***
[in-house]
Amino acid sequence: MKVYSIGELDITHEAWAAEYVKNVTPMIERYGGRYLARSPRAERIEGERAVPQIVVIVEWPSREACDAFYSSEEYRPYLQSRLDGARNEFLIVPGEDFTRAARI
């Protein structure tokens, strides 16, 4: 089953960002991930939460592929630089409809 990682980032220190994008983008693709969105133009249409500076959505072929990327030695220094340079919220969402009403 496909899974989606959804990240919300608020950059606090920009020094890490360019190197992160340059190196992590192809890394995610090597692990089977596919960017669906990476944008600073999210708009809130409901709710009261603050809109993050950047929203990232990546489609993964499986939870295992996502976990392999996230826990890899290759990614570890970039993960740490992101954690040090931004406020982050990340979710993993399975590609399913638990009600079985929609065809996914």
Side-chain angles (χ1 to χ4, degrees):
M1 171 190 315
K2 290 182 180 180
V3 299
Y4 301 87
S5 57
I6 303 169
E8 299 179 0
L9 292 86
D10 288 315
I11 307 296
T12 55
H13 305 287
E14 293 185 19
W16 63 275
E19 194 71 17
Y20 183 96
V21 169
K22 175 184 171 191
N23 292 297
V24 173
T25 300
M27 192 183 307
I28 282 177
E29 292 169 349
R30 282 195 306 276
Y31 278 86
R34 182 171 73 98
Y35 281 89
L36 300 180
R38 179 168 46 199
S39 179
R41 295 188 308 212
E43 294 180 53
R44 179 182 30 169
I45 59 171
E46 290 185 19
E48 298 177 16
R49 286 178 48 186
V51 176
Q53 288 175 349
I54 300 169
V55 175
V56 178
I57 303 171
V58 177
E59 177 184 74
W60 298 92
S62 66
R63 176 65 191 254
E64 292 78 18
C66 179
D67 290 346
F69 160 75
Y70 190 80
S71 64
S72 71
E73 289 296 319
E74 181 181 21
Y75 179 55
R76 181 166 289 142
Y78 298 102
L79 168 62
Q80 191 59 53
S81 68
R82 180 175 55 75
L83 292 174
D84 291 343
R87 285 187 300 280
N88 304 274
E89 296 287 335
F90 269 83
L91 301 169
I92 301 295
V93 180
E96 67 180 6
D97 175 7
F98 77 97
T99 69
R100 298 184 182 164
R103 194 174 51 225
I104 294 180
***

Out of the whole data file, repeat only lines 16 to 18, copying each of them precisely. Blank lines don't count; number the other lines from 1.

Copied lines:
H13 305 287
E14 293 185 19
W16 63 275